New mental health CEO wants to reduce stigma, offer empathy

By: Nick Mordowanec | C&G Newspapers | Published January 15, 2019

 David Pankotai

David Pankotai


MACOMB COUNTY — Macomb County Community Mental Health has a new CEO.

Approximately 50 applicants were part of the search for the next CEO. Following phone screenings, qualification checks and resume digs, the MCCMH board of directors chose David Pankotai, of Macomb Township, as its new CEO and approved his employment contract Dec. 13. His first day on the job was Dec. 17.

Pankotai has a bachelor’s degree in clinical and community psychology from the University of Michigan-Flint, and a master’s degree in mental health counseling from Oakland University.

Prior to his new and current role, Pankotai was executive director for ConsumerLink Network, a managed comprehensive provider network funded by the Detroit Wayne Mental Health Authority to manage services for individuals with intellectual and developmental disabilities.

After joining ConsumerLink in 2002, Pankotai took the startup to new heights. Its revenue grew from $11 million per year to more than $100 million, with members increasing from about 1,750 to more than 6,000.

The new CEO said that his years at ConsumerLink benefited him during the interview process, which included an emphasis on utilization management and being aware of current industry standards. Pankotai said he enjoys working with people and promoting awareness and sensitivity for mental health.

Pankotai takes over for John Kinch, who formally retired as CEO Jan. 4.

He said that prior to Kinch’s retirement, the pair spent “a lot of quality time together” discussing the ins and outs of the position, and the mental health stigma as a whole.

Kinch spent eight years as CEO, navigating his way through budget cuts and updated approaches toward mental health and substance abuse treatment, and reducing administrative costs while advocating for vital funding that improves quality of life.

Kinch wrote a letter to the MCCMH board of directors stating he has been and will continue to be a voice for mental health.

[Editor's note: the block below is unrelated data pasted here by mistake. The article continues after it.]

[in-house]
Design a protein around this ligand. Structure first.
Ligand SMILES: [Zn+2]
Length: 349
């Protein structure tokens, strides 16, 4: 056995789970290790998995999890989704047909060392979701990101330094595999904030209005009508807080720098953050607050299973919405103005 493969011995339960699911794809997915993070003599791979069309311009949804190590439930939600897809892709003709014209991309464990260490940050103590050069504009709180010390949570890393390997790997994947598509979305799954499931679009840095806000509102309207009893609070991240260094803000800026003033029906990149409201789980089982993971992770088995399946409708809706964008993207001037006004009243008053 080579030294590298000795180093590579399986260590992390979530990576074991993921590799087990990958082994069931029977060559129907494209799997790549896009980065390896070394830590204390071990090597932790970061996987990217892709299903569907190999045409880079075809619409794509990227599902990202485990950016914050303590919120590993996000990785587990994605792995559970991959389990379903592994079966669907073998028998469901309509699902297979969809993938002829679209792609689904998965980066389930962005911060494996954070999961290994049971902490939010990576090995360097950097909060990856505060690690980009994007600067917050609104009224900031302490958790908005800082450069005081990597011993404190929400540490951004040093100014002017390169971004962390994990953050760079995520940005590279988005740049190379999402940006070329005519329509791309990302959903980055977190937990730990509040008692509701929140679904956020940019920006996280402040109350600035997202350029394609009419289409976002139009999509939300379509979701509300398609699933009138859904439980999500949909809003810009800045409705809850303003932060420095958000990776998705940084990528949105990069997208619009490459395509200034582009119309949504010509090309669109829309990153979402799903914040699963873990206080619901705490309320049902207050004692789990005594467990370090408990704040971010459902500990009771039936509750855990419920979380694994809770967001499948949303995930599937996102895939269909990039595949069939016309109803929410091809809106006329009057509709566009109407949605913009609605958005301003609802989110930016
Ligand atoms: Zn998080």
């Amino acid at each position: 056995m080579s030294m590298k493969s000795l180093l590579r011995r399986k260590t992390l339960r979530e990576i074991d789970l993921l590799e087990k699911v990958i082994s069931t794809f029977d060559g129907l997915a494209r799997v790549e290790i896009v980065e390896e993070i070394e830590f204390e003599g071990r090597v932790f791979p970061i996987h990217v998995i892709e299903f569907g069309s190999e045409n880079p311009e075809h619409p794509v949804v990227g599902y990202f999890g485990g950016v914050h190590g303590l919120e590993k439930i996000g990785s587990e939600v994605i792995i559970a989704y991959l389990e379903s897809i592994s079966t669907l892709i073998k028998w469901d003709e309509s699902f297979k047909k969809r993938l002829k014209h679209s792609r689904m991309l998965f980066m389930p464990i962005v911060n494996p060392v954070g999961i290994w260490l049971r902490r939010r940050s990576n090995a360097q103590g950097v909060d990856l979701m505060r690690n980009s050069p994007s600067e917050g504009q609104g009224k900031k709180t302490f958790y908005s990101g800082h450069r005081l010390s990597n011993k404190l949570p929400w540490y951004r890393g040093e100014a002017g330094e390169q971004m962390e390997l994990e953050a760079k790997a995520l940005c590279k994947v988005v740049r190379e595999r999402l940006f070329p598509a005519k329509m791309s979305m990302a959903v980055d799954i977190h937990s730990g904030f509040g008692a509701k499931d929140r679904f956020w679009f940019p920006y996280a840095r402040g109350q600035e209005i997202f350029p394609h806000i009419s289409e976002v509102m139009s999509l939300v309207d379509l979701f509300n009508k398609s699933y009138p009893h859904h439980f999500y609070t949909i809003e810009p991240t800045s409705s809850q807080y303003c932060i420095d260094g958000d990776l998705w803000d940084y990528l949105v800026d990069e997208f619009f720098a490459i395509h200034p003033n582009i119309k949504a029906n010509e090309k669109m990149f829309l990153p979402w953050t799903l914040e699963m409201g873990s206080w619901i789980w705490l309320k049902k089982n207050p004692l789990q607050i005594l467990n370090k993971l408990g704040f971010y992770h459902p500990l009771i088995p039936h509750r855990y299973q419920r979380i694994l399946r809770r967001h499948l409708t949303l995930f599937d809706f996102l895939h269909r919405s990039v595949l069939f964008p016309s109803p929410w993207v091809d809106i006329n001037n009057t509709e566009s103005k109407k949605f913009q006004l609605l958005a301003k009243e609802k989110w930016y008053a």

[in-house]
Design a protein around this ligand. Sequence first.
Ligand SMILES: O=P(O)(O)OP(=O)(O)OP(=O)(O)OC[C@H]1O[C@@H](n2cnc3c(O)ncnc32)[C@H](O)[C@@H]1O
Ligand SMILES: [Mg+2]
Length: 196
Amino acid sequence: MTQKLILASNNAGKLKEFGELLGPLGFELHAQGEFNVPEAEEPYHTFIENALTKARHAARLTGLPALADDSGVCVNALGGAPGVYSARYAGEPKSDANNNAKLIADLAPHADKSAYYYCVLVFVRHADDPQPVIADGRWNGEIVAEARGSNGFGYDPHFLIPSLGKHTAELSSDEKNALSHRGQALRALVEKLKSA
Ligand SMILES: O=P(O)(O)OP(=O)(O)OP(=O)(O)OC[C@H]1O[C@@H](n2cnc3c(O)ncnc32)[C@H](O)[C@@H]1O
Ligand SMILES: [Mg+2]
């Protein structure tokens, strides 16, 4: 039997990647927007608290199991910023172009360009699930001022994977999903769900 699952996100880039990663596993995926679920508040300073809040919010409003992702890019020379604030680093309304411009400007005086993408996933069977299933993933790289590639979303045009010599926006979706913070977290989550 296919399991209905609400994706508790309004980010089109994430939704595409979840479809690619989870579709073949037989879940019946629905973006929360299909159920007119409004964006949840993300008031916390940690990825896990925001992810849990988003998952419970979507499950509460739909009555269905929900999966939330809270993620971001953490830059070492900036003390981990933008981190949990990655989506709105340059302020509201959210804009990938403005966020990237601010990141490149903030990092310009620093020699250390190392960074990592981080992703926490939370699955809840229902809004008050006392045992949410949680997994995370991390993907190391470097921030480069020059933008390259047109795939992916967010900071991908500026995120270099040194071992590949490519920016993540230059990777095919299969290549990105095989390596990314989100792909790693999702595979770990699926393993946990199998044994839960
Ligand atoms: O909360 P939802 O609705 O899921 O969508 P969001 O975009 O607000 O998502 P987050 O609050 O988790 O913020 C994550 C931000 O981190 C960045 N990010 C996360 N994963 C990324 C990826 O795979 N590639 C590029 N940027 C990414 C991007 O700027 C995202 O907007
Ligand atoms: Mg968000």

“I believe we have created a wonderful network of care,” Kinch told his staff upon his decision to step away. “That also includes the valued role each of you hold as CMH staff. While the challenges that are in front of us are great, the opportunities are even greater. Believe it!”

MCCMH Deputy Director Jim Losey said Kinch “provided strong and effective leadership for MCCMH during the most difficult budget times in memory,” adding that he championed efforts related to funding and never lost focus on the real people affected.

At press time, Pankotai said he was working on an introductory letter for MCCMH staffers, touching on key points that include keeping mental health patients and their families in the forefront of the mind; “holding down the fort” and understanding the staff’s concerns; and imploring accountability at all levels and communicating in an aura of transparency.

Pankotai was “very impressed” with the way Kinch and his staff worked in relation to level of detail, especially when it came to seeking local and state funding mechanisms.

As for the biggest challenges moving forward, funding is intertwined with dealing with mental health emergencies, such as the ongoing opioid epidemic. As Pankotai stated, “The most important challenge is going to change at any given minute.”

“(Patients and their families are) dealing with it day in and day out, and we need to support them,” he said. “And to do that, I need appropriate funding. … I went to two funerals last year here in Macomb County, of 20-year-old people, which was just personally upsetting.”

Pankotai said he’s already doing his homework when it comes to best practices and medical-assisted treatment. He said the stigma associated with mental health has led to a “one step forward, two steps back” reality.

“We as advocates need to push back against those types of statements,” he said, saying that accepting it as an illness creates a much more open and understanding environment. “We have to continually push to make sure people are aware of the facts involved, and they do understand where they can go for help. That’s a continual effort, to educate the community on where to go for help, who to call.”

As for those who lack the financial ability to seek help, he said MCCMH staffers are always readily available to provide or promote services.

For more information, visit